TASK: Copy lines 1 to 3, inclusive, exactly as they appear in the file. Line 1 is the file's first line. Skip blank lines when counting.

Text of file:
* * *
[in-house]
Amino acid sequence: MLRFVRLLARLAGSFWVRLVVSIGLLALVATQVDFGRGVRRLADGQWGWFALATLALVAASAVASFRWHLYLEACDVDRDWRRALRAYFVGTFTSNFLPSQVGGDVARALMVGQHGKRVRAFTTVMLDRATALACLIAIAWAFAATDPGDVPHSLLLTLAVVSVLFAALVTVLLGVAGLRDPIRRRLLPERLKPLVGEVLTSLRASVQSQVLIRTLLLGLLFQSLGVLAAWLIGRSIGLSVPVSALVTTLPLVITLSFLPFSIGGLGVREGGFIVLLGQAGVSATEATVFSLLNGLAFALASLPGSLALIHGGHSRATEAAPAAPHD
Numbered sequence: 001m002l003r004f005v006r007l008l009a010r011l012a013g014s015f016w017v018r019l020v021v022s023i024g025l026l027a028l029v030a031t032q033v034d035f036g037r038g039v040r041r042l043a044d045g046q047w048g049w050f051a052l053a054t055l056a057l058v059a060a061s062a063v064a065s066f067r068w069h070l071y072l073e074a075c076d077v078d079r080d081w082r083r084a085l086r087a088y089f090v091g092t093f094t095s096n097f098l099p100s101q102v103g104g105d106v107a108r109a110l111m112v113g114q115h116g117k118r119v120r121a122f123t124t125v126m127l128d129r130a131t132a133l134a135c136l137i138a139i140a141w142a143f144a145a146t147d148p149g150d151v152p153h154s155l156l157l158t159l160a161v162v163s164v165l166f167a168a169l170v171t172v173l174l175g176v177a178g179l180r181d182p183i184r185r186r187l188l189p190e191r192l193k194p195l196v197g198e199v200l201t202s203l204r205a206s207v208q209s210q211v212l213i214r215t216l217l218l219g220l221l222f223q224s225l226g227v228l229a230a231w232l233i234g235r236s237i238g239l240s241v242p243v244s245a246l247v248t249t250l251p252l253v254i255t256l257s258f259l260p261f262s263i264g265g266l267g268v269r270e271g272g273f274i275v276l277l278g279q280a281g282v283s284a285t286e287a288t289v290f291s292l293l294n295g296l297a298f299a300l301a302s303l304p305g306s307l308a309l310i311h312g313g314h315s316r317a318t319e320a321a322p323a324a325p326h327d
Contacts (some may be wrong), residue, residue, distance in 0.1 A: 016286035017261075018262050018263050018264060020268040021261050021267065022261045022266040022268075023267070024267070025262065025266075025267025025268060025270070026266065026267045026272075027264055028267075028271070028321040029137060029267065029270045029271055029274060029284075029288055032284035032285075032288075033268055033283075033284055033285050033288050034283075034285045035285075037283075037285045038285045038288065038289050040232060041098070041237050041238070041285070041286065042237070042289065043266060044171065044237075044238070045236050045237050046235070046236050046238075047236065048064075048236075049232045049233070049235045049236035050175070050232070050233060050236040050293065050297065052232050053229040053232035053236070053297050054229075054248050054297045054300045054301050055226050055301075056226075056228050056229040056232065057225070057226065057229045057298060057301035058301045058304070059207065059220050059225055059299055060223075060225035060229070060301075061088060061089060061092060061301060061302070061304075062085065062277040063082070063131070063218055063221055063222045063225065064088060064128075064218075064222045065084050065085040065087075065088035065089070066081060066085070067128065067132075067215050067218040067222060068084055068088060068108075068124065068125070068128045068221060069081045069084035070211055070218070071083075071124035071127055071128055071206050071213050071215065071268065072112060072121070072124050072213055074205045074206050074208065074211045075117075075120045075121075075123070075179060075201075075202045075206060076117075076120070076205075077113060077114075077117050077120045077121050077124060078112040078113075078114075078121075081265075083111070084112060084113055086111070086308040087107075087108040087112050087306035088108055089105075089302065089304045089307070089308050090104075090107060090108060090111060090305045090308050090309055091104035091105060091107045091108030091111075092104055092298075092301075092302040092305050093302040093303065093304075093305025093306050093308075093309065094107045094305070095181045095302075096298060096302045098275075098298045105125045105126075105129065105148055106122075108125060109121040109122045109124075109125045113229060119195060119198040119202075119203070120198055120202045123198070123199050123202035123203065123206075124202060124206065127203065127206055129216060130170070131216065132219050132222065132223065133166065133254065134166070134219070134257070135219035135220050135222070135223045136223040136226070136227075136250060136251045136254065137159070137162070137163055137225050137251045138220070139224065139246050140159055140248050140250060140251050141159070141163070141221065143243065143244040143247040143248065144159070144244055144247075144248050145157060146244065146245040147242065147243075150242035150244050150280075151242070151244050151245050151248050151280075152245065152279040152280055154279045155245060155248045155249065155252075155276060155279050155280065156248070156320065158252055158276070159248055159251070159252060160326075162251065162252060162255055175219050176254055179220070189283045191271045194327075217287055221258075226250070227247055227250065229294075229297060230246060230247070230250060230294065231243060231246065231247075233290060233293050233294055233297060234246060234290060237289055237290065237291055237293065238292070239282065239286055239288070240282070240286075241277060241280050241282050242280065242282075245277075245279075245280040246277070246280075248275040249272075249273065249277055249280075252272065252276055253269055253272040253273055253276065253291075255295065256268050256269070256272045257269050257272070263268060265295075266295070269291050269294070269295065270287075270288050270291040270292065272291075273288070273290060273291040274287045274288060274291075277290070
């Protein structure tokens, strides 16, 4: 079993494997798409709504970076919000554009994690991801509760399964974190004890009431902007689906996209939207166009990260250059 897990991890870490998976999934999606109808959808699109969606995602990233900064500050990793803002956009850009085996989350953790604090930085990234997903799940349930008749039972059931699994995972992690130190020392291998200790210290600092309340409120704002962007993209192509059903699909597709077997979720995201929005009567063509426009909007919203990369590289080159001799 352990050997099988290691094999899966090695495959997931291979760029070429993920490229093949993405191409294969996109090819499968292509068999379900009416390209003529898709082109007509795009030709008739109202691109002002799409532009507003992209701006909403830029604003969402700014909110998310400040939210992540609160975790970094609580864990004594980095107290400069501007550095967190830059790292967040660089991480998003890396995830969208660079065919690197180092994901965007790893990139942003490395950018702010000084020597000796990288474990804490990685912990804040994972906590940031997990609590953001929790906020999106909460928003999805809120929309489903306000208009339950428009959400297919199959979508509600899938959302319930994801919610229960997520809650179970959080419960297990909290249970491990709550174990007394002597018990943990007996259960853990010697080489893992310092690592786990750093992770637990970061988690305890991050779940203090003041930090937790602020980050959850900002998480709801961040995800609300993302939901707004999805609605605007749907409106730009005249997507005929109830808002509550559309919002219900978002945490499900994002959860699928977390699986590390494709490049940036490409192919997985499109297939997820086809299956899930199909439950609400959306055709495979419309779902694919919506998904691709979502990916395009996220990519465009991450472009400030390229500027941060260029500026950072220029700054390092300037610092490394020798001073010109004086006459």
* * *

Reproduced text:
[in-house]
Amino acid sequence: MLRFVRLLARLAGSFWVRLVVSIGLLALVATQVDFGRGVRRLADGQWGWFALATLALVAASAVASFRWHLYLEACDVDRDWRRALRAYFVGTFTSNFLPSQVGGDVARALMVGQHGKRVRAFTTVMLDRATALACLIAIAWAFAATDPGDVPHSLLLTLAVVSVLFAALVTVLLGVAGLRDPIRRRLLPERLKPLVGEVLTSLRASVQSQVLIRTLLLGLLFQSLGVLAAWLIGRSIGLSVPVSALVTTLPLVITLSFLPFSIGGLGVREGGFIVLLGQAGVSATEATVFSLLNGLAFALASLPGSLALIHGGHSRATEAAPAAPHD
Numbered sequence: 001m002l003r004f005v006r007l008l009a010r011l012a013g014s015f016w017v018r019l020v021v022s023i024g025l026l027a028l029v030a031t032q033v034d035f036g037r038g039v040r041r042l043a044d045g046q047w048g049w050f051a052l053a054t055l056a057l058v059a060a061s062a063v064a065s066f067r068w069h070l071y072l073e074a075c076d077v078d079r080d081w082r083r084a085l086r087a088y089f090v091g092t093f094t095s096n097f098l099p100s101q102v103g104g105d106v107a108r109a110l111m112v113g114q115h116g117k118r119v120r121a122f123t124t125v126m127l128d129r130a131t132a133l134a135c136l137i138a139i140a141w142a143f144a145a146t147d148p149g150d151v152p153h154s155l156l157l158t159l160a161v162v163s164v165l166f167a168a169l170v171t172v173l174l175g176v177a178g179l180r181d182p183i184r185r186r187l188l189p190e191r192l193k194p195l196v197g198e199v200l201t202s203l204r205a206s207v208q209s210q211v212l213i214r215t216l217l218l219g220l221l222f223q224s225l226g227v228l229a230a231w232l233i234g235r236s237i238g239l240s241v242p243v244s245a246l247v248t249t250l251p252l253v254i255t256l257s258f259l260p261f262s263i264g265g266l267g268v269r270e271g272g273f274i275v276l277l278g279q280a281g282v283s284a285t286e287a288t289v290f291s292l293l294n295g296l297a298f299a300l301a302s303l304p305g306s307l308a309l310i311h312g313g314h315s316r317a318t319e320a321a322p323a324a325p326h327d